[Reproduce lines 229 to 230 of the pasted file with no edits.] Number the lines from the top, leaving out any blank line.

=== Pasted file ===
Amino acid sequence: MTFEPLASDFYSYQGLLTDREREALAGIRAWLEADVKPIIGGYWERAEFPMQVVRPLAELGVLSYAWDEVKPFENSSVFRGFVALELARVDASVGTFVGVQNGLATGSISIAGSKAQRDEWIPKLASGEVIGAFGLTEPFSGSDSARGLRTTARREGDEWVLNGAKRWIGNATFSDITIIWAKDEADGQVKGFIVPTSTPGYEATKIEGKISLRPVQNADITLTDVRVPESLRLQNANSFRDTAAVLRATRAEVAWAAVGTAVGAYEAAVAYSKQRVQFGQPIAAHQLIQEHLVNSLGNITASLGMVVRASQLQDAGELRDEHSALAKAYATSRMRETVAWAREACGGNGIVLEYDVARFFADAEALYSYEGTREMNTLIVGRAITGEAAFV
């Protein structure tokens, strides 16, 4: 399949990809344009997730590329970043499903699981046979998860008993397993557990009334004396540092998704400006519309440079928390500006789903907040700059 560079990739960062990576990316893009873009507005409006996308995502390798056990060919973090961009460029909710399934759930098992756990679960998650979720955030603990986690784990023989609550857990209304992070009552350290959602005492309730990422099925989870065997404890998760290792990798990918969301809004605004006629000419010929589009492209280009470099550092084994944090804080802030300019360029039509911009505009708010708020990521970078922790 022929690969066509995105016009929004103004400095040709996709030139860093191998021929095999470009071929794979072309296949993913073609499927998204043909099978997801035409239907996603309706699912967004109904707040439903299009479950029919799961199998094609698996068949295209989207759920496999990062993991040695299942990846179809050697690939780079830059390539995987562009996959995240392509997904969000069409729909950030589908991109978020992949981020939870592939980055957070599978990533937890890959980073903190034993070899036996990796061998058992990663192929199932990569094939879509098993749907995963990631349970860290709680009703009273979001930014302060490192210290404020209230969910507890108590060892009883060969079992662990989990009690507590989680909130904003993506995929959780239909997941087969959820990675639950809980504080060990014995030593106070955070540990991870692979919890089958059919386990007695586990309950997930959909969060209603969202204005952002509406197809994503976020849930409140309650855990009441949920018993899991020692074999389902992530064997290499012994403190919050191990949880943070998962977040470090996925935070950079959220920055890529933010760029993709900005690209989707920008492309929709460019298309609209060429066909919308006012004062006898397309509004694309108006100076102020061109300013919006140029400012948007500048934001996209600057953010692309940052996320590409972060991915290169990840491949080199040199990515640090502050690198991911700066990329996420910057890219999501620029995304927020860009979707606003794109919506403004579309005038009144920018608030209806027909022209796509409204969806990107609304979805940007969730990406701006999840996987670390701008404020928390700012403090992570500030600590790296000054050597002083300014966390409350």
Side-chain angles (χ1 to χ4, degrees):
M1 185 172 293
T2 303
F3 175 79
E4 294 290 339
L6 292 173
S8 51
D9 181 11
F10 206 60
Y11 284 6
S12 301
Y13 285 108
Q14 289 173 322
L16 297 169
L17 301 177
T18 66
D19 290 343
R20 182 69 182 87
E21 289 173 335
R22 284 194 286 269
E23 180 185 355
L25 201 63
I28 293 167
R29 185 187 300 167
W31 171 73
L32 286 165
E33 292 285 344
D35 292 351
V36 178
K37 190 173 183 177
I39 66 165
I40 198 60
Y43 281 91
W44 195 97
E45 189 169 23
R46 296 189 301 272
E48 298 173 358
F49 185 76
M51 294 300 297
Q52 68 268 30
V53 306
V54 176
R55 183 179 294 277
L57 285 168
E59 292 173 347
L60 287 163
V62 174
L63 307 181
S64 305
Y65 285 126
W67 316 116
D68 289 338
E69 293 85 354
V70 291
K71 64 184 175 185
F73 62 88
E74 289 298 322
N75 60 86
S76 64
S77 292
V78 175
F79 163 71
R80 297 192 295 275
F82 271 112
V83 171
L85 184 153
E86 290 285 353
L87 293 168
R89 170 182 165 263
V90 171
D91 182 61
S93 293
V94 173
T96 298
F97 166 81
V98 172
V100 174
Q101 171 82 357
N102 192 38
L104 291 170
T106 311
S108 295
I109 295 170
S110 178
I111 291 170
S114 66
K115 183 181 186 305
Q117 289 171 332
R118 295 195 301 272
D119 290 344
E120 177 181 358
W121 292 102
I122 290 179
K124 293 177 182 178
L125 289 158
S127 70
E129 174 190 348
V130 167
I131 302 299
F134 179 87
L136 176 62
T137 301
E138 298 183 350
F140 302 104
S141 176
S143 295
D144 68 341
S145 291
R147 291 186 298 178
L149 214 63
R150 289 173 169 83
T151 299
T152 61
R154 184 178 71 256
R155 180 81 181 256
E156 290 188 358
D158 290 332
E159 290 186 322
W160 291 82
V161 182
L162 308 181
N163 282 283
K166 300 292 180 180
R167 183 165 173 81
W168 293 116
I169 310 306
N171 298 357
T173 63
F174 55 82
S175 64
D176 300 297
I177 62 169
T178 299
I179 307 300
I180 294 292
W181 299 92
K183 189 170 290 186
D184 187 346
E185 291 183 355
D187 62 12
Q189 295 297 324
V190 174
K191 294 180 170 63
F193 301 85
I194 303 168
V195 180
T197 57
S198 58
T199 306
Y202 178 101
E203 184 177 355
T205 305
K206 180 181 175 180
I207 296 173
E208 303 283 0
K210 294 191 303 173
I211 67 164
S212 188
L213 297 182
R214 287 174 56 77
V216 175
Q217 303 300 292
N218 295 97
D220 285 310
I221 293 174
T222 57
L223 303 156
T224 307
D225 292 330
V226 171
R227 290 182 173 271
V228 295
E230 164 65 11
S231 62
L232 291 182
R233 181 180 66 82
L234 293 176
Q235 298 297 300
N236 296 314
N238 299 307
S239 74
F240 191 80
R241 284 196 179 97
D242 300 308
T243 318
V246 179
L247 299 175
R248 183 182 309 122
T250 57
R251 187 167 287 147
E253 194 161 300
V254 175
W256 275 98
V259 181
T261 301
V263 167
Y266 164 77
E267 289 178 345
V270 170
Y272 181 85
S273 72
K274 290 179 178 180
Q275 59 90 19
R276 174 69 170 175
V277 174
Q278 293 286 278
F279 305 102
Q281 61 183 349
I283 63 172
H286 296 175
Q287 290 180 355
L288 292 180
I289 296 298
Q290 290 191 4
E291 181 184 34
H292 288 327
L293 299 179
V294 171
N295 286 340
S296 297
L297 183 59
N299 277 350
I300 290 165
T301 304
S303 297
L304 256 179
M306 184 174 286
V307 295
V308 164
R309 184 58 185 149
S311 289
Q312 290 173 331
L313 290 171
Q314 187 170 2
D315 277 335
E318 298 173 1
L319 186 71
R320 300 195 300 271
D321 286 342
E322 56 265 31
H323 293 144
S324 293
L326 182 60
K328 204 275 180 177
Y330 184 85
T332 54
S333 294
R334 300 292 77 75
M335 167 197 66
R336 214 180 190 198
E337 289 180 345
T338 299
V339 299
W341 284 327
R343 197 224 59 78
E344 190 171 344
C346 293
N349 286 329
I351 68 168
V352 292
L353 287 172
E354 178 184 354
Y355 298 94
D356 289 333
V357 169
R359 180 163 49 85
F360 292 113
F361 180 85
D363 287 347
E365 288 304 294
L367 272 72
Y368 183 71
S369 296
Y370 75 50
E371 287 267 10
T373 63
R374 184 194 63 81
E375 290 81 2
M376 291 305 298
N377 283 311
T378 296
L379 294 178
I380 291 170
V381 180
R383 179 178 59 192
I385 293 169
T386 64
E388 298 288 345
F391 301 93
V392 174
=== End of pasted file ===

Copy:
M306 184 174 286
V307 295